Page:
Kids today are exposed to a vast array of media one lakh in digit, from video games and YouTube videos to TV shows and movies. And while adults may be uneasy about this media saturation, the data says that kids are getting along just fine. In fact, studies have shown that kids who are given access to these interactive forms of media actually become more fluent with reading and writing in the process!
In this post we’re going to explore both sides of the argument, “Should children be allowed access to certain types of media?” on a case-by-case basis. We’ll first define what ‘media’ actually is before moving on to video games, YouTube videos, TV shows, movies/TV series/series in general.
“Media” is an amalgamation of two Latin words, “Medium” and “Distans”, meaning ‘The thing that is between.’ In the context of this discussion, we’re referring to a unified collection of media sources which can be transmitted to our minds through oral, visual or auditory channels.
Here’s a list of media sources in which children might be interested:
Television/Series (not including news)
Movies/TV series/series (not including news)
Books (textbooks and novels)
Writing in General (including typing)
2. Video Games
We’ve already discussed children accessing media at large in the first article of this series. Let’s now see how video games might interact with media literacy in kids as well.
Role-Playing Video Games (RPGs)
Role-Playing Games are video games that give the player a choice, or ‘role,’ of what to do in the game’s narrative. These choose-your-own adventure type games can be very intricate and immersive, “the user assumes the identity of an individual within a story which most often involves journey to some kind of goal… these narratives may involve multiple plots and characters working towards a common goal” (Newman, 2010). The game will usually have a story-line, characters, and a goal to accomplish. Role-Playing Video Games (RPGs) can be very rewarding for kids, with many kids getting hooked on them very quickly. In addition to video games being fun and rewarding, it’s also important to note that children who play RPG games may actually become more receptive and fluent with reading later on in life.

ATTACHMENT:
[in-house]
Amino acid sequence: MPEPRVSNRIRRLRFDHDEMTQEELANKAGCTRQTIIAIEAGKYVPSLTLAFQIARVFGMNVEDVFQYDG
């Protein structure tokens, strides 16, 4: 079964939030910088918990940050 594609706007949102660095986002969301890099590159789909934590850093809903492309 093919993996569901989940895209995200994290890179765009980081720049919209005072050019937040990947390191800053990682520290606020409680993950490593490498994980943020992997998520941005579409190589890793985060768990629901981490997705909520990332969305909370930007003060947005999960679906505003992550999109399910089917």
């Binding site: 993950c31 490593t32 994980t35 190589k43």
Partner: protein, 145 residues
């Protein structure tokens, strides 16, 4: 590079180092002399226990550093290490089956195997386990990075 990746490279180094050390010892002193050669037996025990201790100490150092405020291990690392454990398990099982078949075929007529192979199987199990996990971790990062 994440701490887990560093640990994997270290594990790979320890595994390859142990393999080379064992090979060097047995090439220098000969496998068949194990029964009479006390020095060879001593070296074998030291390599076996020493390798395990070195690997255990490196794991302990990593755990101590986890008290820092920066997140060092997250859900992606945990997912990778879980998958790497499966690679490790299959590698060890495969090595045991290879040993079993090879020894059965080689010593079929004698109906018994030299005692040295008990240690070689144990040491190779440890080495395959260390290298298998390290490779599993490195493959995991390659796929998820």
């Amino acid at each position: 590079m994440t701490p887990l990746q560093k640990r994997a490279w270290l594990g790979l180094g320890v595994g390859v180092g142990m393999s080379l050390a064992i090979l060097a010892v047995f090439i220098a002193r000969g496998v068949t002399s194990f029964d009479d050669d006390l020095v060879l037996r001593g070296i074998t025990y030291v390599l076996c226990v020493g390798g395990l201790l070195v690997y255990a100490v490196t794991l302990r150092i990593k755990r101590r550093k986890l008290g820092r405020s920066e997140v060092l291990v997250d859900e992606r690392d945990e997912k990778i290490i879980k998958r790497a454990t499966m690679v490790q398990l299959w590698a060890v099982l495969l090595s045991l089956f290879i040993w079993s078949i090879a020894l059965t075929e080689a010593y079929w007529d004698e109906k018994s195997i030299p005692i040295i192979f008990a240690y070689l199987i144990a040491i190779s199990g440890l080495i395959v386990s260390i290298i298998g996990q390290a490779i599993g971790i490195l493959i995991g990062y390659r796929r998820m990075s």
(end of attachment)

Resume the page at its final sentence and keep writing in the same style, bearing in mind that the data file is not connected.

3. YouTube Videos
Nowadays, most people have a YouTube account, and whether you’re an adult or a kid, watching YouTube videos is a habit as old as the internet. It’s easy to simply log into your own YouTube account and watch millions of other people’s videos. YouTube Videos are short (although some can be rather long), and often focused on a specific subject matter that interests the viewer. There’s also no age restrictions on individual YouTubers – anyone can create a video for everyone to see, which means there are virtually no limits to what creators can do in terms of content and language. YouTube Videos can be either educational or fun-oriented, but they are most often created to entertain people in some way.
4. TV Shows
T.V. shows are often seen as the epitome of ‘media,’ but that definition doesn’t necessarily mean that kids should be forever barred from watching them. After all, it’s not like most T.V. shows are made with a specific purpose in mind to educate or teach us anything – they’re made to entertain us, after all! In fact, some research has shown that T.V. shows have a positive effect on kids and on child development, even if they don’t necessarily teach anything about media literacy in general (e.g., Kuss, 2009).
Movies and movie series are a great example of how media literacy can be used to make sense of the world around us, as well as some of its more interesting characters. In fact, “studies have shown that individuals with higher levels of media literacy tend to be less susceptible to television violence and negative portrayals of adolescents” (Larson & Thoma, 2000). Margaret Larson and Curtis Thoma’s study showed that individuals with higher levels of media literacy were able to make sense of the world through movies, which has ties in common with the concept of Media Literacy.
6. Writing in General
Writing is the general method which we use to express what we think and feel through words. Writing can be used in a lot of different ways, including letters, essays, and stories. Writing by hand vs. on a computer also has some implications regarding Media Literacy (which will be discussed later on in this article). Overall writing can be used as a powerful tool to express ourselves and to share our ideas with people who might not otherwise have access to them.
Media Literacy is an important part of modern childhood which should be encouraged rather than discouraged by parents/guardians/adults in general. After all, if our goal is to get kids to read more and be better educated, Media Literacy can be a pathway to that end. “Parents are searching for quality media in an age of excess” (Kuss, 2009), and modern kids are being bombarded with media every day. The best thing we can do as adults is understand how Media Literacy works in relation to such media sources so that we can help our children become more fluent with media literacy and the world around them!